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OPINION: ‘They don’t really care about us’



OPINION: Buhari’s presidency at Nigeria’s expense [1]

THE government can, and should be, a force for good. But it has not always been. Whenever it is, the people rejoice and there is societal harmony. Governance is not a walk in the park or a piece of cake. But it is also not a rocket science, the unimaginable, the impossible. Good governance has happened in the past in parts of the world and it is still happening today. But if the truth be told it would appear that bad governance has been the dominant issue especially in the so-called third world countries such as Nigeria. Nothing highlights the dominance of bad governance more than the deepening trust deficits between those in government positions and the regular folks. It’s no longer uncommon to read and hear about calls in some countries, especially the developed ones, for less government. The calls are usually borne out of frustrations with the apparent and obvious failings of governments to properly and diligently minister to the basic needs of citizens. Those who insist on the imperatives for less government may be unaware of the final destination of such demands and the possible consequences of getting our wishes.

Some things don’t happen just on their own. At times there are unseen human forces pushing certain agenda for their own self fish ends. Those who coral us into chorusing less government could actually be heading towards the goal of no government at all and then the reign of anarchy. It could be far-fetched and possibly scare-mongering but for whatever it is worth, let us soak in this imaginary progression of the outcome of the desires of advocates of less government. Their advocacy starts with less government because the government is not delivering; it is not a force for good for the majority of the people; rulers are wasteful and out of touch with the reality; they are corrupt; and, that the government through its actions and inactions is stifling the creativity of the ordinary folk. When the proponents achieve this stage and the people feel good about the outcome, then the progression could be the claims that government is actually the enemy of the people. From there agitations for the scrapping of government completely will gather steam. At that stage it will be difficult to have a choice between an inefficient and corrupt government and living in a Hobbesian state where life is short, brutal and nasty. Unfortunately, and because of successive regimes of bad rulers, the scenario we have painted above appears to be where Nigeria is headed . Everything that can go wrong in Nigeria’s leadership recruitment processes and governance models appear to be going wrong. The headline of our intervention today was borrowed from a music icon who operated in a different environment at a different time. He was bemoaning a failing society which showed incapacity or indifference or unwillingness to protect the weak and the vulnerable in that society.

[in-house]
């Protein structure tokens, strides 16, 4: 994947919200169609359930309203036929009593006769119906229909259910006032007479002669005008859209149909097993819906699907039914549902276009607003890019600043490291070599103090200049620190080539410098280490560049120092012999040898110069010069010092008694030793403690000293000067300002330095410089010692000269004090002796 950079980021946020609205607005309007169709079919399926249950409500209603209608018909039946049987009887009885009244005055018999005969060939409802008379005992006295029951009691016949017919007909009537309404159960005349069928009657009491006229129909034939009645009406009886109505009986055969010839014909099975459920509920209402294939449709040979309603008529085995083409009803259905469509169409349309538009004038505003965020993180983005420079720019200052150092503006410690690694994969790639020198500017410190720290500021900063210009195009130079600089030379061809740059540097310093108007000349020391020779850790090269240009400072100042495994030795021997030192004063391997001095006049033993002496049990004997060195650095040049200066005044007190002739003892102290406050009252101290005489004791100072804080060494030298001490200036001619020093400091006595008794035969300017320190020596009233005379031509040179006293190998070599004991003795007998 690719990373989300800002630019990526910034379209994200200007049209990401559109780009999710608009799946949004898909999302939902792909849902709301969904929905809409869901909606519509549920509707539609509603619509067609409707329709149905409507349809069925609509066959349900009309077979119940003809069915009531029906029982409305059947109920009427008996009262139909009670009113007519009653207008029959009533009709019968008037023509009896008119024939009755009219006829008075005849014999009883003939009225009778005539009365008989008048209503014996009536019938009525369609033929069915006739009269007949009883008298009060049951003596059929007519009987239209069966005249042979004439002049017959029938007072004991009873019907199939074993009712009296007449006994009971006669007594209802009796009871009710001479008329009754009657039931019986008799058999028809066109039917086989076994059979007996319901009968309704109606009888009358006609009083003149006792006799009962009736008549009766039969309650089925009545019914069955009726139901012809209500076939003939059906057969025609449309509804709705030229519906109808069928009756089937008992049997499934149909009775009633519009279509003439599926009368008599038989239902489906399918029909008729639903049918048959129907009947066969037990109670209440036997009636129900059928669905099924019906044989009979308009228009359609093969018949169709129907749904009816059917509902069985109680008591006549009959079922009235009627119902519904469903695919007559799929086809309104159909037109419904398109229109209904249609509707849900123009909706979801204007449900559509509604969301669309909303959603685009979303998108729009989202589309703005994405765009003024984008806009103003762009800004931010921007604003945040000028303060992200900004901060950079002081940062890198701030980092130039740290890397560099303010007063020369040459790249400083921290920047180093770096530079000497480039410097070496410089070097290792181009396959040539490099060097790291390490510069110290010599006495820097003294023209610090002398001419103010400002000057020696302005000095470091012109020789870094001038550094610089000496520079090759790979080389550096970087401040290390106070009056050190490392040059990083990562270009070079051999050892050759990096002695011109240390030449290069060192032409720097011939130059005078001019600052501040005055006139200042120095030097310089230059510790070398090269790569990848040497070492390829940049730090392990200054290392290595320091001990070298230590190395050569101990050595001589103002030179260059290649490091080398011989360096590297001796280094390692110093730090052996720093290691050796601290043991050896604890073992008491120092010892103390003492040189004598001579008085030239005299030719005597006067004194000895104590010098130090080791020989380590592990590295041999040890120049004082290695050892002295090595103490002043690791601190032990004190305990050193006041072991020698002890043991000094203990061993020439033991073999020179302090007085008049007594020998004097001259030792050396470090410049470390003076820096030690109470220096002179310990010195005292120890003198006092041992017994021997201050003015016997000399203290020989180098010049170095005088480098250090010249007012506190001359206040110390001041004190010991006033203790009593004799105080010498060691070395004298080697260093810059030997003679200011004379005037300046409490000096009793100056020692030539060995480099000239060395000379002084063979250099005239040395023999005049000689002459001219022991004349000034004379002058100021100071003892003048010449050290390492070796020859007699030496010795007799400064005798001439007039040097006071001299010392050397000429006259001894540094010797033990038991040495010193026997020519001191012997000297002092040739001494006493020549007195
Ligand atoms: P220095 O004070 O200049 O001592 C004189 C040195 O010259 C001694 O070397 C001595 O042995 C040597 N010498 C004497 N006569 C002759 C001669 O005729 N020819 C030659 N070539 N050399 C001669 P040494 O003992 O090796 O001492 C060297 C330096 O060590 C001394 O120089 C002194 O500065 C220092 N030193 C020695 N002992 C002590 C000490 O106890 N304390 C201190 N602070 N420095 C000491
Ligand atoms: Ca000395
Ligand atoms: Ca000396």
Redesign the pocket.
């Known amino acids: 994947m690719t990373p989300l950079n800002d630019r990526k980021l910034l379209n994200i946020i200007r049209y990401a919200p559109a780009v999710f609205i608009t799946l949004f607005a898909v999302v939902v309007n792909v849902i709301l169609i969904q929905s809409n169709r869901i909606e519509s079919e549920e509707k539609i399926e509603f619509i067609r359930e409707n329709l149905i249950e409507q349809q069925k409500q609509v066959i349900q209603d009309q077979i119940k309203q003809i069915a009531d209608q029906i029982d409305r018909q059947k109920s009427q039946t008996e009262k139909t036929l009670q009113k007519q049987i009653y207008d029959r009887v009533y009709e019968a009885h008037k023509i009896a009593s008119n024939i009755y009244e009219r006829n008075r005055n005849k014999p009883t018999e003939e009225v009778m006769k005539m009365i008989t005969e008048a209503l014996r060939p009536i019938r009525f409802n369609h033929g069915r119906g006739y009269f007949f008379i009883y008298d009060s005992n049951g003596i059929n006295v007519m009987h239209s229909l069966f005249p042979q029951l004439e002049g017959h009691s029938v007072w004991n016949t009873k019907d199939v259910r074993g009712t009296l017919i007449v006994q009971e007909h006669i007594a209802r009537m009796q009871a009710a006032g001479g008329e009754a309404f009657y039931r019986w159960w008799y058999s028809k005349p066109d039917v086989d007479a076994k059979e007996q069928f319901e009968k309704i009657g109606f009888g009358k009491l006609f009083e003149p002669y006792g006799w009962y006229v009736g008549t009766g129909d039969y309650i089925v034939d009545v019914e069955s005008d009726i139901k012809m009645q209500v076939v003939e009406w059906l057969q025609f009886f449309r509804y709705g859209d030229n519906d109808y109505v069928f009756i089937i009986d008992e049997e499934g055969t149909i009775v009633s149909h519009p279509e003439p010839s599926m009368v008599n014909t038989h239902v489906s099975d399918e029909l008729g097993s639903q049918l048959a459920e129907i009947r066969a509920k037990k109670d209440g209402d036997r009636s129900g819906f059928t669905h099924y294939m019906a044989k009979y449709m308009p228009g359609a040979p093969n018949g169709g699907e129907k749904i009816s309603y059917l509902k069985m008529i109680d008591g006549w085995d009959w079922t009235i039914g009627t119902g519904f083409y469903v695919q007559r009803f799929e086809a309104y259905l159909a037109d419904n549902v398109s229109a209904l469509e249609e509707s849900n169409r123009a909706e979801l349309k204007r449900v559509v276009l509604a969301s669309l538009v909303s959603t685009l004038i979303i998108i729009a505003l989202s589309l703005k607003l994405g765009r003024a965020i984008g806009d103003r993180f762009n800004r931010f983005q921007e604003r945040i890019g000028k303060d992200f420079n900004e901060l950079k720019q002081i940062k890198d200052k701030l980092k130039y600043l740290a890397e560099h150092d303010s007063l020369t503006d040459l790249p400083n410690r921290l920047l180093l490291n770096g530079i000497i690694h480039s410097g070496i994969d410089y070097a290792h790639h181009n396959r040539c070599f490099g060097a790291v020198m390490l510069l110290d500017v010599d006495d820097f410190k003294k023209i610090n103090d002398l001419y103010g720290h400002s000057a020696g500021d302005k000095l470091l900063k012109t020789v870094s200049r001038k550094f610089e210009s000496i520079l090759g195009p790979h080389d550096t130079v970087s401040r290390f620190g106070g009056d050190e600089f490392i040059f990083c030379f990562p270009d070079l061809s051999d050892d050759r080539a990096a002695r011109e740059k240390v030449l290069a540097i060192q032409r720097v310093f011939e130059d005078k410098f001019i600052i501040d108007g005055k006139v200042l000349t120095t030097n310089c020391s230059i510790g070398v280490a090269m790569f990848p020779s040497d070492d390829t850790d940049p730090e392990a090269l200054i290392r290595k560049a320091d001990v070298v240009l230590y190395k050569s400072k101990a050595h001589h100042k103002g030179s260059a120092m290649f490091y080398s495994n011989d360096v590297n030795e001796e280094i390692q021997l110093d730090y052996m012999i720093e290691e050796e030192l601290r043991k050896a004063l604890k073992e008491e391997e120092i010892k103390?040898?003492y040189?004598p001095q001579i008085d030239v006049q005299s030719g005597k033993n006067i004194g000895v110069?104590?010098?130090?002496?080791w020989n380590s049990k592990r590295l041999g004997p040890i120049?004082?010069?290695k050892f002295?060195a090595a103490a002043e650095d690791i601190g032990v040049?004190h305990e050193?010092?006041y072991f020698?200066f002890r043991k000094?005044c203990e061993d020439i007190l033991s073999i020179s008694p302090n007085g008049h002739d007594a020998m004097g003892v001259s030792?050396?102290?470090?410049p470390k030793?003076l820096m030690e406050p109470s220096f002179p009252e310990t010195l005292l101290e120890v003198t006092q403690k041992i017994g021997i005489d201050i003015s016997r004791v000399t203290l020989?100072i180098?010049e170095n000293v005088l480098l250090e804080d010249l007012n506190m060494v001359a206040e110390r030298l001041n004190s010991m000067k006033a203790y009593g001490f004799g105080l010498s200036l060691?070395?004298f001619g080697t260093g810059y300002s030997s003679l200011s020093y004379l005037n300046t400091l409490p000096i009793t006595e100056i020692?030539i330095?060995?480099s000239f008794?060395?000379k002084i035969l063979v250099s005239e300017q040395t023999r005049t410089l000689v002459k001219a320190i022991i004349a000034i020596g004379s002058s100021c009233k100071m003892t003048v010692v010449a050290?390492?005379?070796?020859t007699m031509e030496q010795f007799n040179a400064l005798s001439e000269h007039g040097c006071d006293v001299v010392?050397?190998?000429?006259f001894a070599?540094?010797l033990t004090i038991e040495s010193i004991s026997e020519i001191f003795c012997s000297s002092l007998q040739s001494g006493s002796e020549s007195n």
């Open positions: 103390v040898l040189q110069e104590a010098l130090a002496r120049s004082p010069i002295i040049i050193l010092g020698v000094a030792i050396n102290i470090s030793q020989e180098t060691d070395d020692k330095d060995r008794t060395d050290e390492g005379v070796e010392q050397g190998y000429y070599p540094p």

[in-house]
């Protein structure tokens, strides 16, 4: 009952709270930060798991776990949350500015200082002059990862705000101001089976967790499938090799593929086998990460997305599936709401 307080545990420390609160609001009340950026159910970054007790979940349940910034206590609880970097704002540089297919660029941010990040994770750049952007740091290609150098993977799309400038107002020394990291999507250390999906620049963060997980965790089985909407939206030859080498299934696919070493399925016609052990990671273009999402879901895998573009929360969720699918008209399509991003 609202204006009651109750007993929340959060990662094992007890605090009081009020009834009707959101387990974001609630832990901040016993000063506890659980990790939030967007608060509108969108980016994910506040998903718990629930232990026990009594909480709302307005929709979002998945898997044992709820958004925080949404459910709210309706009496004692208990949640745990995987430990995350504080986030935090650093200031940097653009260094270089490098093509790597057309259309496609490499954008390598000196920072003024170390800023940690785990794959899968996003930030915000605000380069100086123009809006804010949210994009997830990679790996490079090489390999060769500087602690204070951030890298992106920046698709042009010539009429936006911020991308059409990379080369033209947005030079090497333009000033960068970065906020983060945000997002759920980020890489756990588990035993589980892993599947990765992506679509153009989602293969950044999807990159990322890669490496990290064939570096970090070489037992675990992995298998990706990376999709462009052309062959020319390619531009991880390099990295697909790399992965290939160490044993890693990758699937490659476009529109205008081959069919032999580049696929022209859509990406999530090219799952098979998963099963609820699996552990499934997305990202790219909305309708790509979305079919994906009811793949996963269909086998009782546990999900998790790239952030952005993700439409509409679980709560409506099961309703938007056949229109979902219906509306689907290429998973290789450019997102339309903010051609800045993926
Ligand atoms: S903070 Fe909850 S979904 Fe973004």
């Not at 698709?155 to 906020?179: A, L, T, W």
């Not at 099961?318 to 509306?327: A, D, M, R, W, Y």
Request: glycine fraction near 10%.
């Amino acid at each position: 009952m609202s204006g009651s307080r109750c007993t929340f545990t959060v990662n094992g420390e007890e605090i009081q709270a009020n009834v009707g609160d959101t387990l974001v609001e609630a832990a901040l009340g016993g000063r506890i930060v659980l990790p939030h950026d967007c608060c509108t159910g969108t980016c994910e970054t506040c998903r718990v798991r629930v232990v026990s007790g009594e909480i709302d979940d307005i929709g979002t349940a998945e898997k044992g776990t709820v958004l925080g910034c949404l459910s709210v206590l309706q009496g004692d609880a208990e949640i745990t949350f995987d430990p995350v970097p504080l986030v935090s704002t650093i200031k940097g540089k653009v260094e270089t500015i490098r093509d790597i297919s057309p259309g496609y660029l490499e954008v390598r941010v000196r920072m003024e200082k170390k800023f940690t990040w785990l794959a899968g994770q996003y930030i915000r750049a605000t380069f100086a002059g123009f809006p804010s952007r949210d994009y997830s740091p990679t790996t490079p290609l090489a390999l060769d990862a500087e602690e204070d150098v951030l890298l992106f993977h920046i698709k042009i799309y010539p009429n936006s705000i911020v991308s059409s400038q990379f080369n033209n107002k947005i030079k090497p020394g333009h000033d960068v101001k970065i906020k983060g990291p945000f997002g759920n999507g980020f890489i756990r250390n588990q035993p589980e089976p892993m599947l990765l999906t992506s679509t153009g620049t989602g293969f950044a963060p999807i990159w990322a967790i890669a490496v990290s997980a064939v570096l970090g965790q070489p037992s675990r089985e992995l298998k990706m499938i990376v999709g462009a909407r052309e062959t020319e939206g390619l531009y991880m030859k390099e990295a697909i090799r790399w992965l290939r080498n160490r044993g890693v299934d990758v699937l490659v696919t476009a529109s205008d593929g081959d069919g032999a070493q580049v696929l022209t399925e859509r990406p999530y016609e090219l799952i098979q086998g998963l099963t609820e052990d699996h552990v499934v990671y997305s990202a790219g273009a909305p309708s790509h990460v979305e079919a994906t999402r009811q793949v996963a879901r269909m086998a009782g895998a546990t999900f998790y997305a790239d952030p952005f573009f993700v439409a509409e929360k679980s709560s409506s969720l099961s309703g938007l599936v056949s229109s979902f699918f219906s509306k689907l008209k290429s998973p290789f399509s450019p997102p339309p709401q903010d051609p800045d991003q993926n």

READ ALSO: OPINION: Lessons from the Supreme Court

That icon was Micheal Jackson who in one of his songs said ‘They [rulers] don’t care about us’. How prescient. He might as well have been singing about the Nigeria of today. The delivery of the lyrics of ‘They don’t [really] care about us’ was racy. He sang like a man who suspected that he was racing against time and that if he did not quickly let it out he would be choked and his voice muffled and even silenced for life. And that was exactly what happened because the man died not long after that desperate song/cry for help. Part of the lyrics of that epic song goes like this: ‘All I want to say is that they don’t really care about us. Don’t worry what people say, we know the truth…Enough is enough of this garbage… Beat me, hate me. You can never break me. Will me, thrill me. You can never kill me. Jew me, sue me. Everybody, do me, Kick me, kike me. Don’t you black or white me. All l wanna say is that they don’t really care about us… Tell me what has become of my rights. Am l invisible ‘cause you ignore me? Your proclamation promised me free liberty, now I’m tired of bein’ the victim of shame. They are throwing me in a class with bad name. I can’t believe this is the land from which I came. You know I really do hate to say it… Skinhead, deadhead. Everybody, gone bad. Situation, speculation. Everybody, litigation. Beat me, bash me. You can never trash me. Hit me, kick me. You can never get me… All I wanna say is that they don’t really care about us’. The summary in fact is that the song was about the ‘pain of prejudice and hate and [was] a way to draw attention to social and political problems’. Jackson was singing that he was ‘the voice of the accused and the attacked’. The voice of everyone. He was the skinhead. He was the Jew. He was the black man. He was the white man. Michael Jackson died on June 25, 2009, aged 50. Our own gadfly, the late Fela Anikulapo-Kuti was a lot more angrier, acerbic and trenchant in calling out bad rulers in Nigeria and Africa. But in spite of decades of naming and shaming of Nigeria’s rulers, they get worse by the day. They are irredeemable. Many Nigerians thought they had seen the worst in terms of misrule, insensitivity, nepotism, brazen pillaging of the public till, bungling of the economy and the exhibition of lavish lifestyle by the rulers led by the former President, Maj.- Gen.[rtd] Muhammadu Buhari [the affliction], but they were wrong. Dead wrong. There is no doubt that one tenth of the perfidy committed by Buhari and his gang is yet to be made public. And may never be revealed because he was succeeded by Bola Ahmed Tinubu, his party man and enabler.